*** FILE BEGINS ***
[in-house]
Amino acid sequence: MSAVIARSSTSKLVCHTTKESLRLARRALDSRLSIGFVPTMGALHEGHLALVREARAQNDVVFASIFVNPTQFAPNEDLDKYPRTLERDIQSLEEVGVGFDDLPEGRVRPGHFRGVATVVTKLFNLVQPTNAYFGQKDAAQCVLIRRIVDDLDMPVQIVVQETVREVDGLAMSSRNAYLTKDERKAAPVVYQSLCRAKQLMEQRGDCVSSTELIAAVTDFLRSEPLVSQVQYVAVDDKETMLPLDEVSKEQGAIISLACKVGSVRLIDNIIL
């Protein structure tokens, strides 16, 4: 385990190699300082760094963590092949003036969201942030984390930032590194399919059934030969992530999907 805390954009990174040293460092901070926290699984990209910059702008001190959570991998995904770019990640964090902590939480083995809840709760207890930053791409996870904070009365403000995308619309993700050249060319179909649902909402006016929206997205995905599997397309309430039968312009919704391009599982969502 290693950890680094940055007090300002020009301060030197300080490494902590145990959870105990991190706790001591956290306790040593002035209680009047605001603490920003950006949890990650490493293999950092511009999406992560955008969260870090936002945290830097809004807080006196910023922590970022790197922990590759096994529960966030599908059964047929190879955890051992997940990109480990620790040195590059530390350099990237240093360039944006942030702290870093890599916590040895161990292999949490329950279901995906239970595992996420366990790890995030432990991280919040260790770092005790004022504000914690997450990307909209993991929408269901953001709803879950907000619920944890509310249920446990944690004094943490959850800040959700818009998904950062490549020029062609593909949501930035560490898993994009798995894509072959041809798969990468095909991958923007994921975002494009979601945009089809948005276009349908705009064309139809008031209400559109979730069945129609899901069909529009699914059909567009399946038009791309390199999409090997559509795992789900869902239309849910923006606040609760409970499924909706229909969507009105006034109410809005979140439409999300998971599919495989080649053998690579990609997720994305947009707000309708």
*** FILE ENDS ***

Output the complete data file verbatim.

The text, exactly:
[in-house]
Amino acid sequence: MSAVIARSSTSKLVCHTTKESLRLARRALDSRLSIGFVPTMGALHEGHLALVREARAQNDVVFASIFVNPTQFAPNEDLDKYPRTLERDIQSLEEVGVGFDDLPEGRVRPGHFRGVATVVTKLFNLVQPTNAYFGQKDAAQCVLIRRIVDDLDMPVQIVVQETVREVDGLAMSSRNAYLTKDERKAAPVVYQSLCRAKQLMEQRGDCVSSTELIAAVTDFLRSEPLVSQVQYVAVDDKETMLPLDEVSKEQGAIISLACKVGSVRLIDNIIL
């Protein structure tokens, strides 16, 4: 385990190699300082760094963590092949003036969201942030984390930032590194399919059934030969992530999907 805390954009990174040293460092901070926290699984990209910059702008001190959570991998995904770019990640964090902590939480083995809840709760207890930053791409996870904070009365403000995308619309993700050249060319179909649902909402006016929206997205995905599997397309309430039968312009919704391009599982969502 290693950890680094940055007090300002020009301060030197300080490494902590145990959870105990991190706790001591956290306790040593002035209680009047605001603490920003950006949890990650490493293999950092511009999406992560955008969260870090936002945290830097809004807080006196910023922590970022790197922990590759096994529960966030599908059964047929190879955890051992997940990109480990620790040195590059530390350099990237240093360039944006942030702290870093890599916590040895161990292999949490329950279901995906239970595992996420366990790890995030432990991280919040260790770092005790004022504000914690997450990307909209993991929408269901953001709803879950907000619920944890509310249920446990944690004094943490959850800040959700818009998904950062490549020029062609593909949501930035560490898993994009798995894509072959041809798969990468095909991958923007994921975002494009979601945009089809948005276009349908705009064309139809008031209400559109979730069945129609899901069909529009699914059909567009399946038009791309390199999409090997559509795992789900869902239309849910923006606040609760409970499924909706229909969507009105006034109410809005979140439409999300998971599919495989080649053998690579990609997720994305947009707000309708």